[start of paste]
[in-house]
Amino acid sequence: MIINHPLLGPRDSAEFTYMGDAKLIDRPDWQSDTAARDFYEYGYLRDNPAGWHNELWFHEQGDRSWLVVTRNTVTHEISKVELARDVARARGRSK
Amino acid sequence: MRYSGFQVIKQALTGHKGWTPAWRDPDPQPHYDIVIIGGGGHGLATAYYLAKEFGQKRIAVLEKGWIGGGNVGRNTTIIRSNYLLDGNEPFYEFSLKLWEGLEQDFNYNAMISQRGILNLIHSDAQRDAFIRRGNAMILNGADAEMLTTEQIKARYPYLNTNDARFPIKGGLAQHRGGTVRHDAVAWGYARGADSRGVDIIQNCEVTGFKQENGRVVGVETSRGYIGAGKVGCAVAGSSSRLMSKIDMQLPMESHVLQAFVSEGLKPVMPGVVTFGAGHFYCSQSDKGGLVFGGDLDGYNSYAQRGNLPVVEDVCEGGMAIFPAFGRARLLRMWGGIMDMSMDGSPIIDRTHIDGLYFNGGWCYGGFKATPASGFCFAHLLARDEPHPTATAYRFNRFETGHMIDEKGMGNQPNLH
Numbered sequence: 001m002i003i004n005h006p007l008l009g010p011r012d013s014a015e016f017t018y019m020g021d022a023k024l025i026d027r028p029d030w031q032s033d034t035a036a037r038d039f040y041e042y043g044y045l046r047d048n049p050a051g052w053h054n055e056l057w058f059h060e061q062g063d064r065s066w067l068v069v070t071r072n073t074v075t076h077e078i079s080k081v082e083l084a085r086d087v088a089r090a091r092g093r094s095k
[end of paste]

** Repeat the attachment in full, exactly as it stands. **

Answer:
[in-house]
Amino acid sequence: MIINHPLLGPRDSAEFTYMGDAKLIDRPDWQSDTAARDFYEYGYLRDNPAGWHNELWFHEQGDRSWLVVTRNTVTHEISKVELARDVARARGRSK
Amino acid sequence: MRYSGFQVIKQALTGHKGWTPAWRDPDPQPHYDIVIIGGGGHGLATAYYLAKEFGQKRIAVLEKGWIGGGNVGRNTTIIRSNYLLDGNEPFYEFSLKLWEGLEQDFNYNAMISQRGILNLIHSDAQRDAFIRRGNAMILNGADAEMLTTEQIKARYPYLNTNDARFPIKGGLAQHRGGTVRHDAVAWGYARGADSRGVDIIQNCEVTGFKQENGRVVGVETSRGYIGAGKVGCAVAGSSSRLMSKIDMQLPMESHVLQAFVSEGLKPVMPGVVTFGAGHFYCSQSDKGGLVFGGDLDGYNSYAQRGNLPVVEDVCEGGMAIFPAFGRARLLRMWGGIMDMSMDGSPIIDRTHIDGLYFNGGWCYGGFKATPASGFCFAHLLARDEPHPTATAYRFNRFETGHMIDEKGMGNQPNLH
Numbered sequence: 001m002i003i004n005h006p007l008l009g010p011r012d013s014a015e016f017t018y019m020g021d022a023k024l025i026d027r028p029d030w031q032s033d034t035a036a037r038d039f040y041e042y043g044y045l046r047d048n049p050a051g052w053h054n055e056l057w058f059h060e061q062g063d064r065s066w067l068v069v070t071r072n073t074v075t076h077e078i079s080k081v082e083l084a085r086d087v088a089r090a091r092g093r094s095k